Fran Dicari, father of three, spent $11,704 on his brood's athletic endeavors in 2011.

Dicari's shopping list would dent a lot of family budgets: Nike Swingman metal cleats, $90; Ignite II Under Armour turf shoes, $60; Wilson A2000 Limited Edition glove, $250; glove restringing, $28; baseball tournament, $1,600.

But Dicari--who's mentioned in author Mark Hyman's new book "The Most Expensive Game In Town" (Beacon, $24.95)--is far from alone in his major league spending on minors.

The youth segment represents the lion's share of the $1 billion we spent on cleats and uniforms in 2010, according to a New York Times article on the commercialization of youth leagues.

The emergence of top-flight children's equipment and highly organized "travel" teams are pressuring parents to step up to the plate financially for their pee-wee sluggers to compete, the Times wrote. Free or cheap municipal leagues have declined with the economy.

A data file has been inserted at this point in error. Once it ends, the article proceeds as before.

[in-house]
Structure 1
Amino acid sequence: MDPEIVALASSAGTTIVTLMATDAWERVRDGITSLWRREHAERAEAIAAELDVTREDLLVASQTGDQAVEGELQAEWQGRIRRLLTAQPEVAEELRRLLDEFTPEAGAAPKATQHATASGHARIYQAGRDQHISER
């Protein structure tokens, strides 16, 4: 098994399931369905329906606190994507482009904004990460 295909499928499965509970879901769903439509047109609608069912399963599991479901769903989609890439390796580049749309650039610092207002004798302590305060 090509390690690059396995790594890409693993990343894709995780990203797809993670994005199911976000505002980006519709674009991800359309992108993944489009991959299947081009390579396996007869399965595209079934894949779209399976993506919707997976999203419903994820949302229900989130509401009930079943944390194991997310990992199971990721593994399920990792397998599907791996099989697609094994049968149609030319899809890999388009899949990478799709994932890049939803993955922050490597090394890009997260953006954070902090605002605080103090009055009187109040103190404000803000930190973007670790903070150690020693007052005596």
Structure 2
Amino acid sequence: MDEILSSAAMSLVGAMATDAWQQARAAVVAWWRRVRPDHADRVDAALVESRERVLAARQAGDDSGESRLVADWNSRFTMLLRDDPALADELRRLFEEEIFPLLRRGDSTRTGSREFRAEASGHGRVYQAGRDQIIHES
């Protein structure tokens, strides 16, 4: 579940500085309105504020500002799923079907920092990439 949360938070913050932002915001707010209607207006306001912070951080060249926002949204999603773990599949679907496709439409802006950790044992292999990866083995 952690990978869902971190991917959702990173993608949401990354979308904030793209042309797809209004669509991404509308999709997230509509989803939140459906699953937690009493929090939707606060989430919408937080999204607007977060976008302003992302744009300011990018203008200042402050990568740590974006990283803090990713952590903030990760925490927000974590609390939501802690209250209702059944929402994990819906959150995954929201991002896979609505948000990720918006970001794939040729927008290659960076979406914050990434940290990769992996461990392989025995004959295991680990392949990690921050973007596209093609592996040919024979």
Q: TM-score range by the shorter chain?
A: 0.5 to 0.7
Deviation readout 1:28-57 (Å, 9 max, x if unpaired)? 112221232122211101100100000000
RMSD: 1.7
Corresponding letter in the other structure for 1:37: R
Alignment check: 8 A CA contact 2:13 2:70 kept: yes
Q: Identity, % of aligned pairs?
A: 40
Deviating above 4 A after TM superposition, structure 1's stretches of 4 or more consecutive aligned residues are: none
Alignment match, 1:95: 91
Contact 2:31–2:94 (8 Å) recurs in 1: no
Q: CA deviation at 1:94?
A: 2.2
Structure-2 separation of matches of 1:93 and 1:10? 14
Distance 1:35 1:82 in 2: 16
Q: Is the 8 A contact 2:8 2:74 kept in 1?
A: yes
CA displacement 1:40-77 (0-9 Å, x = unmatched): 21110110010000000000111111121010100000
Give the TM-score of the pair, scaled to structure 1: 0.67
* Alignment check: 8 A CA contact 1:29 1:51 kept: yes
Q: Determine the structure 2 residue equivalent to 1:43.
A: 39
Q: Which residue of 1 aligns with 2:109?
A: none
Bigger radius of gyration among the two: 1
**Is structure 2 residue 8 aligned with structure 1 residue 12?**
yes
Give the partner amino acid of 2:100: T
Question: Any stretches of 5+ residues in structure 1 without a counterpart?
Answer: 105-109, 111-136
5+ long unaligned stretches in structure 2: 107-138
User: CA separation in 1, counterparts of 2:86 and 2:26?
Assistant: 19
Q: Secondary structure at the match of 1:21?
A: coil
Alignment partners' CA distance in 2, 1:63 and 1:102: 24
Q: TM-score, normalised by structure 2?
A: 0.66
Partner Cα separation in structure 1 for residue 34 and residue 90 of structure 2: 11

But parents can combat the urge to keep up with the Joneses by playing smart, MSNBC wrote. Buy barely-used equipment for half of the retail price on eBay, Craigslist and other third-party sites, and re-sell your kids' old equipment through the same avenues. Also, realistically evaluate how motivated and talented your child is--maybe the five-year-old glove and bargain church league are enough.

Otherwise, your baseball budget will find that diamonds are not a parents' best friend. Mike May of the Sporting Goods Manufacturers Association said of the high prices in the Times piece: “It’s dizzying at times.”

Correction: The original headline of this story mistakenly highlighted Little League as the source of increased costs. In fact, it is the cost of participating in youth leagues that is rising.